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Holistic Asset Management _ It_ s Not an Isolated Function
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Holistic Asset Management _ It_ s Not an Isolated Function

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  • Asset Management - a thoughtful process of self-evaluation, development of strategy and objectives, and a phased implementation plan.
  • Asset Management - a thoughtful process of self-evaluation, development of strategy and objectives, and a phased implementation plan.
  • Asset Management - a thoughtful process of self-evaluation, development of strategy and objectives, and a phased implementation plan.
  • Asset Management - a thoughtful process of self-evaluation, development of strategy and objectives, and a phased implementation plan.
  • Asset Management - a thoughtful process of self-evaluation, development of strategy and objectives, and a phased implementation plan.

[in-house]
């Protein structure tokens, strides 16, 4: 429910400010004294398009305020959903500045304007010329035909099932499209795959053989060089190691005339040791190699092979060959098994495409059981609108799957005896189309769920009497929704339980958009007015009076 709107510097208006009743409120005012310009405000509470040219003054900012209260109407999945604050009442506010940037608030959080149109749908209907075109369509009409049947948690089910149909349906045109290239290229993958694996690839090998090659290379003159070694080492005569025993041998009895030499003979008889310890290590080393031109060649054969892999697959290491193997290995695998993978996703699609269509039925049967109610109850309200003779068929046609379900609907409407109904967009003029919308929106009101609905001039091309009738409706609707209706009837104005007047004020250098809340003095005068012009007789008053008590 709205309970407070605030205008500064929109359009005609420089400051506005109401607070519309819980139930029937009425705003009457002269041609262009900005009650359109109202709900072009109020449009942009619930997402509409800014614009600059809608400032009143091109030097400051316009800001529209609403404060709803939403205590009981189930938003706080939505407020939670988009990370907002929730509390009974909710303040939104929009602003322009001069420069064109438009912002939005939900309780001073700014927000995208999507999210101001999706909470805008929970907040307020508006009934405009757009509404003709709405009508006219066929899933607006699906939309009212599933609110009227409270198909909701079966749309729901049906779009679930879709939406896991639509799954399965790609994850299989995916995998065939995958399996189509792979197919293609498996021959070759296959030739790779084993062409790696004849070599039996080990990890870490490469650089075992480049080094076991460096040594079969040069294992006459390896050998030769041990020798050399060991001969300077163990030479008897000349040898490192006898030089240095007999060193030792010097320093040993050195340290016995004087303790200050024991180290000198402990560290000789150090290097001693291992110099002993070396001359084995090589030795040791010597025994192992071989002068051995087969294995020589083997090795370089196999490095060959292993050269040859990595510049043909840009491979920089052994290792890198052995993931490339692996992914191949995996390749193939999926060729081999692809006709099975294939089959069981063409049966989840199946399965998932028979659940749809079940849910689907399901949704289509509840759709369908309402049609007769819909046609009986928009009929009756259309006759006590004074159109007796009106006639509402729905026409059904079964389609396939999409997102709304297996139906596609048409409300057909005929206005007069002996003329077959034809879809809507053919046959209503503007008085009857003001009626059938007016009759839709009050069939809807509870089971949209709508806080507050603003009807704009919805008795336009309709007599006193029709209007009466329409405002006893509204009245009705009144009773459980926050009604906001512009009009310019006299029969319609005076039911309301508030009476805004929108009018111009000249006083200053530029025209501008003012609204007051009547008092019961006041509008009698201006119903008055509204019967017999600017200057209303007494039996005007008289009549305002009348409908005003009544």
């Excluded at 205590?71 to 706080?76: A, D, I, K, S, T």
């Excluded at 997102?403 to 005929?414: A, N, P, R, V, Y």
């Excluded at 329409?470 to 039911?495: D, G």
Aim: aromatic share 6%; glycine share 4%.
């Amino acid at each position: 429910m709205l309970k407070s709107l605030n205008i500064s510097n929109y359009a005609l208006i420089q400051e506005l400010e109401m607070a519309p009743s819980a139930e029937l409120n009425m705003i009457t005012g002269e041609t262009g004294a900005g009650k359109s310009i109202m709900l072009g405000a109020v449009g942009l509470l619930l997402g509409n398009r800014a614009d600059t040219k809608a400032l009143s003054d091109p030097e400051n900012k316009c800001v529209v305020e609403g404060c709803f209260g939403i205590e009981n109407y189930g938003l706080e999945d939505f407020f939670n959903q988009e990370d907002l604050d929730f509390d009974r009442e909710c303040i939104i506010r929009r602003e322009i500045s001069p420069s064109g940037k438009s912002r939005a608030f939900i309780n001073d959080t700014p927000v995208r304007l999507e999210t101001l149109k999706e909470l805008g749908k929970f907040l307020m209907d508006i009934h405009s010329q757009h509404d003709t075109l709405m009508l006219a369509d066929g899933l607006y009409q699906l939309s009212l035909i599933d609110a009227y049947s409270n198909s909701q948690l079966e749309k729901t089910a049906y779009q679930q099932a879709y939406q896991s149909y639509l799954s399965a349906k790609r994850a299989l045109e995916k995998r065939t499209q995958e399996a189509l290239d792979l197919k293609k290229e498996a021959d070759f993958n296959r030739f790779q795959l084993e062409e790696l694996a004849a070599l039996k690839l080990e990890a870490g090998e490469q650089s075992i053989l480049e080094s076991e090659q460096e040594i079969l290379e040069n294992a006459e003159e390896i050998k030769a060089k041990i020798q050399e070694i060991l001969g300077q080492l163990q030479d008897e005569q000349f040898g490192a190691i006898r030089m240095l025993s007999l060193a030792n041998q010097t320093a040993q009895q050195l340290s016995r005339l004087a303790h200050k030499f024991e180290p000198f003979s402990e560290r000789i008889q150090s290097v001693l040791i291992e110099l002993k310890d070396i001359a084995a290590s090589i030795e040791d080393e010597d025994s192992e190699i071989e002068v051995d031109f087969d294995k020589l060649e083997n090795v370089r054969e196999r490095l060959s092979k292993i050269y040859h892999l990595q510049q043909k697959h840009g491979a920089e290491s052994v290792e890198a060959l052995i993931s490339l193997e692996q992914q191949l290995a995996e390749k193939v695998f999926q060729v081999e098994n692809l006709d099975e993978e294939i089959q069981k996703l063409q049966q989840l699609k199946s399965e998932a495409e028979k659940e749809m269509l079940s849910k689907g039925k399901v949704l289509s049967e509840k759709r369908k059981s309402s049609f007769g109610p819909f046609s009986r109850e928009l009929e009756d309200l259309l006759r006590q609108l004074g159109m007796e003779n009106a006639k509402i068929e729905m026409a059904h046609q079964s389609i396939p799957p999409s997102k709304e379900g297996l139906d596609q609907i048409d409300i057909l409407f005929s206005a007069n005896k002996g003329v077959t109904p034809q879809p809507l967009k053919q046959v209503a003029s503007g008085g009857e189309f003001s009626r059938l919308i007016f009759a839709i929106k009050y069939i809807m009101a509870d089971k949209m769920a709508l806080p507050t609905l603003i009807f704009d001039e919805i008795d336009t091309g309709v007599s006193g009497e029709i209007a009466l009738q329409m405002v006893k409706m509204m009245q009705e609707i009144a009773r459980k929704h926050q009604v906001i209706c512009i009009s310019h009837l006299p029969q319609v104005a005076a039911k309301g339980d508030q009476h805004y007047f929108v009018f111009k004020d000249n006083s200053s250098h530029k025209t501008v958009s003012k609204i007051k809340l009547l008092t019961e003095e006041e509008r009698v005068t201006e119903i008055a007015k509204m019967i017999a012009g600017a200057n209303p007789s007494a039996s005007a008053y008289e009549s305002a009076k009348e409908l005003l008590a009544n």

• A good asset management program manages the life-cycle costs, use and reliability of a utility’s assets to optimize their value in support of utility operations.
  • A good asset management program manages the life-cycle costs, use and reliability of a utility’s assets to optimize their value in support of utility operations.
  • This is a good time to get your audience engaged. Ask them to outline their specific “business challenges” and write them down on a white board or piece of paper. Use their specific challenges (issues) to help focus your points in the presentation. Also, review them in the end to see if we were able to offer solutions to them.